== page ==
We were halfway up the mountain. Nick was in 5th grade and generally hiked with his father, but on this day he decided to hang out with me instead of running to the top with his mountain goat dad. There was no escaping. Poor kid; he had no idea what he was in for.
“So what are you learning in sex education?” I asked, figuring I might as well use this side-by-side opportunity to ensure that my son was squared away in the birds and bees department. I had read somewhere that the best chance of communicating effectively with the male species is to do it in conjunction with an activity that does not require any face-to-face interaction—like driving, watching television, or a physical activity such as we were doing. Since parents had to sign waivers allowing their children to participate in the school’s sex ed program, I knew that the girls had had their classes, and the boys had recently completed theirs.
“I don’t know,” he answered. I could tell he was troubled. Nick has always been a thoughtful and inquisitive son, and from the time he was quite young, could convince anyone he met that he knew the answer to every question that had ever been asked by anyone, ever. After my husband and I had told him in 3rd grade (while we were driving someplace) that there was no such thing as an ant lion—it was something we had certainly never heard of—and he later proved us wrong, any future time we might challenge his knowledge he would simply smile and say, “Ant lion,” and we would rush to our computers to learn something new. So I knew that he was flummoxed.
“Has your teacher said anything to the class that’s not really clear to you?” I asked, trying to sound as nonchalant as I could. We had a ways to go before reaching the summit, and I didn’t want to appear too anxious to engage in a conversation that would provoke him to run off in search of his father. I also wanted to ensure that there was no question in his mind about what could happen someday with a girl if he found himself in a “let’s play doctor . . . I’ll teach you using my knowledge of Braille anatomy” situation and didn’t possess the right information.
“Kind of,” he mumbled, sounding embarrassed already.
We both caught sight of my husband Mike up ahead; he had already summited and was running back down to check on us.
“I’m pretty sure I can explain whatever was confusing,” I offered.
“Well, he was saying something like how we might wet the bed some night, but he called it something I didn’t get.” He was very embarrassed, but clearly needed to understand why something he hadn’t done since he was in diapers might happen again.
“How are you guys doing,” Mike asked when he finally reached us, keeping up a slower jog while we continued to trudge up the hill.
“Great!” I said. “Nick was telling me about his sex ed class and how they told the boys they might wet their bed some night,” I explained, then turned back to Nick. “I think what he was talking about was something called a wet dream,” I told him, glad that Mike was there and could explain the phenomenon better than I could.
“No, that’s not what he called it,” Nick protested. “He called it something complicated.”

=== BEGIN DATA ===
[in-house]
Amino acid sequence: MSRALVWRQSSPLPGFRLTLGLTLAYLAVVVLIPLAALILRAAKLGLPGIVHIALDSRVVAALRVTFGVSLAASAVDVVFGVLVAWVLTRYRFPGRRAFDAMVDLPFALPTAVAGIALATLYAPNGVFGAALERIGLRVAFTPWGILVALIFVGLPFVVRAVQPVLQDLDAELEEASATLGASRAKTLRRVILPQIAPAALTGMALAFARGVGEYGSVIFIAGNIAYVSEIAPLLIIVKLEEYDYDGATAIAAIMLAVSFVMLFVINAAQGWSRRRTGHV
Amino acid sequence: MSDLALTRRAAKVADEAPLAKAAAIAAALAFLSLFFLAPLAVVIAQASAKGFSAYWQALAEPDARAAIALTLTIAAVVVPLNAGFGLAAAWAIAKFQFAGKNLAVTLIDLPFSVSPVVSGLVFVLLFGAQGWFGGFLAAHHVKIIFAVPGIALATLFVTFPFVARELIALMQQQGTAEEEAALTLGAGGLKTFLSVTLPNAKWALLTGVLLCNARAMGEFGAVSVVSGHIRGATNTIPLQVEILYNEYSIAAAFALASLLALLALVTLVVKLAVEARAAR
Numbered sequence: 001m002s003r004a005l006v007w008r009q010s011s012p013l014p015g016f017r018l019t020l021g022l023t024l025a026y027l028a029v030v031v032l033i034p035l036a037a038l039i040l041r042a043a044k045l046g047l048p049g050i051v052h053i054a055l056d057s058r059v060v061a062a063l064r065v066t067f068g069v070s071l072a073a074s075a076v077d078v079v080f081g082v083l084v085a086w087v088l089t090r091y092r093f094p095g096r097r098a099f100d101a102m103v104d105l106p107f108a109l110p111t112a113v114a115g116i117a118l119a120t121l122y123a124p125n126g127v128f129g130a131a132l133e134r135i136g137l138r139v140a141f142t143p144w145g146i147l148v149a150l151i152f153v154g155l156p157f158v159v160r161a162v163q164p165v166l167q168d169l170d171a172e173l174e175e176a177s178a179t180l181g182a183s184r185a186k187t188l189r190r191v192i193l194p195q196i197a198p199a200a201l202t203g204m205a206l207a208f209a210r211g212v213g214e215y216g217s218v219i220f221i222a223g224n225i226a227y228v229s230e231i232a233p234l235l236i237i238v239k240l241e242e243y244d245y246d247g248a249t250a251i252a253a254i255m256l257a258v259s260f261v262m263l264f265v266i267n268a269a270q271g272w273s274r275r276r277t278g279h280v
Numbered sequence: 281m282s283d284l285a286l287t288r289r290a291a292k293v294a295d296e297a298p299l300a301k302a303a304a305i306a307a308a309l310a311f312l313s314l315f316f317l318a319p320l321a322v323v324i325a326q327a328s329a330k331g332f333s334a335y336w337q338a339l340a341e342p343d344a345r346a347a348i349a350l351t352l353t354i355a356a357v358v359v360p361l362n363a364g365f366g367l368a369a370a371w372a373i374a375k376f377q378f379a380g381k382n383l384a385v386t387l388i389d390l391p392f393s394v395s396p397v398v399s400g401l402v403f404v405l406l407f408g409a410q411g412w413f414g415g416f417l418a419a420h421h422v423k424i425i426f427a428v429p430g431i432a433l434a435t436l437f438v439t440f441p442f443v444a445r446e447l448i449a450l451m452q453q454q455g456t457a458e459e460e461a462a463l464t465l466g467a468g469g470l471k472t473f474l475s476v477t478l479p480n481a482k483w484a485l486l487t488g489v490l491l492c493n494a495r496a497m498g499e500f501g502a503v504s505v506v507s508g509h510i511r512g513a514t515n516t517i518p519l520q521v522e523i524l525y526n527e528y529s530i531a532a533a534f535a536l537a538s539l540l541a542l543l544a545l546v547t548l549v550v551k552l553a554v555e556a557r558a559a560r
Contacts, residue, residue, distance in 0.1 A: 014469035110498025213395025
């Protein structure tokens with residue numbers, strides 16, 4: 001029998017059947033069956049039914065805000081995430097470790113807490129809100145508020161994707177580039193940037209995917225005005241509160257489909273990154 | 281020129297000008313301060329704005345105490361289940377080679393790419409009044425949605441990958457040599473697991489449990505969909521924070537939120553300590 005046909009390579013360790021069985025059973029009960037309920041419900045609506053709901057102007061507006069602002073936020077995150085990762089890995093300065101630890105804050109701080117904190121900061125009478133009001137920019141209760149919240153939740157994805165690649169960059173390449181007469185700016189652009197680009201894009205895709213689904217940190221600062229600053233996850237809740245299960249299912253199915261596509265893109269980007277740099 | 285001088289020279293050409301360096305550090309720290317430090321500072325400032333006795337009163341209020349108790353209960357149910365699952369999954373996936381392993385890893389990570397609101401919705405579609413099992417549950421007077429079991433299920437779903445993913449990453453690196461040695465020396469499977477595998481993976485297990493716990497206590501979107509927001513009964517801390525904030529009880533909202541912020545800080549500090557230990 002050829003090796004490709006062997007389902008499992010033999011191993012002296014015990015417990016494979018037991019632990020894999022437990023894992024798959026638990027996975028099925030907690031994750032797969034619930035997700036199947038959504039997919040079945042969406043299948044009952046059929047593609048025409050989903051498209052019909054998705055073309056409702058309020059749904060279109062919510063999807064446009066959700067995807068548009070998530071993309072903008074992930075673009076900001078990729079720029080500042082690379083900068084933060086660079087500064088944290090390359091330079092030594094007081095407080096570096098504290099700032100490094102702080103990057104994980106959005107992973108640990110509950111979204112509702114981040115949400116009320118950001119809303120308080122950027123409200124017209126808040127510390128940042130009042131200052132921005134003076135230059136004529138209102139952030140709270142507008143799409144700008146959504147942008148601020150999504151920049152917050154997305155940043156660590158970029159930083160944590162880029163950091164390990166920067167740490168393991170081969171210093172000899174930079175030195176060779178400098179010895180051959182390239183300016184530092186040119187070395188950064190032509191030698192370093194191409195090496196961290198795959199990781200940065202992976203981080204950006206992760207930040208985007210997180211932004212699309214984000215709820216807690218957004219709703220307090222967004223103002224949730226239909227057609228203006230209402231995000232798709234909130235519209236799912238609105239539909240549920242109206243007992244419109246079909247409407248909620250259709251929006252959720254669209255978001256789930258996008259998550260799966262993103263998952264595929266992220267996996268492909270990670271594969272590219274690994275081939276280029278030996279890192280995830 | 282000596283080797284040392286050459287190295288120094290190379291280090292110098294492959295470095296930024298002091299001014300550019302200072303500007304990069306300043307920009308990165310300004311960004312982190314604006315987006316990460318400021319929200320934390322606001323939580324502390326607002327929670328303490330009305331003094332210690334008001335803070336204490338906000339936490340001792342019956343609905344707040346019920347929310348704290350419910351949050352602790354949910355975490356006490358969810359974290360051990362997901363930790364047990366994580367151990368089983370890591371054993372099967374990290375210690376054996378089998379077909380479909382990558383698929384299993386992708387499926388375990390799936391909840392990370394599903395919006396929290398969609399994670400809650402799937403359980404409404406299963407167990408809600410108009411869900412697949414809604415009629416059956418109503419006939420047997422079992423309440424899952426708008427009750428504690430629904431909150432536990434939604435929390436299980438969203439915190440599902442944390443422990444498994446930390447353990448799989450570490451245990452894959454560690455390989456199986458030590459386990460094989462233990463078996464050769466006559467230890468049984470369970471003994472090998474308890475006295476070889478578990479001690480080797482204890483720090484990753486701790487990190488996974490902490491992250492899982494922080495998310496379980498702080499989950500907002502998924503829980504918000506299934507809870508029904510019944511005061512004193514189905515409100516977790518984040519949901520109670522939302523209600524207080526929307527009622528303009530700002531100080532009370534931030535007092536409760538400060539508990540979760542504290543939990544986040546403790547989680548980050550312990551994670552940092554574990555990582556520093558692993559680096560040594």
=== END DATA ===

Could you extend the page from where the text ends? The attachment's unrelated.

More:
“Nocturnal ejaculation,” Mike said as off-handedly as he might have asked, “What’s for dinner?”
“That’s it!” Nick said, perking up, and before I could protest, Mike began his acceleration away from us to summit once more, leaving me with the rest of the lesson.
“See you guys at the top!” Mike said, smiling at me over his shoulder.
“Chicken!” I yelled. But even though Nick could have left me at that moment, sprinting away from the awkwardness, he wanted answers more.
By the time we reached the summit, he learned more than any of his classmates would learn from the technical jargon presented in class, and since I had a captive and curious audience, I also took advantage of the opportunity to tell him the truth about the all those magical, mythical people, fairies, and animals attached to the countless holidays we celebrate each year.
Discussion on the downside of the mountain was far less serious—Nick’s brain had a bunch to process—and Mike had joined us for the descent. I felt confident that I had provided adequate information in a way that was both informative and minimized embarrassment.
“And don’t tell your brother about the Santa stuff yet, okay?” I requested. I had another two years before I might have to teach those lessons again.
“Okay,” he said. “Thanks, Mom.”
“Hey, what do we want for dinner tonight?” Mike asked while we loaded back into our truck at the end of our journey.
“Chicken!” I said with a bit more emphasis than was necessary. There could be no other choice!
That fine day Nick learned far more than he had bargained for, but I also learned a few things. I learned that school lessons don’t always “sink in,” so I would have to remain vigilant with follow-ups. I learned that not all fathers are comfortable discussing delicate topics with their sons. Most importantly, however, I learned that my oldest son was brave enough not to run away from me when he had the chance, and that he would always choose knowledge over ignorance–a trait that will serve him well in his current pursuit of a medical degree (and no, not in Braille anatomy)!
2 replies on “Nocturnal WHAT?”
Congratulations to Laurel (Bernier) McHargue whose story “Nocturnal WHAT?!” will be published in “Not Your Mother’s Book . . . On Parenting,” scheduled for a September 10, 2013 release.
Co-creator of “Not Your Mother’s Book . . . On Parenting”
Thanks Pat! It was certainly one of those parenting moments I’ll never forget (and neither will my son)!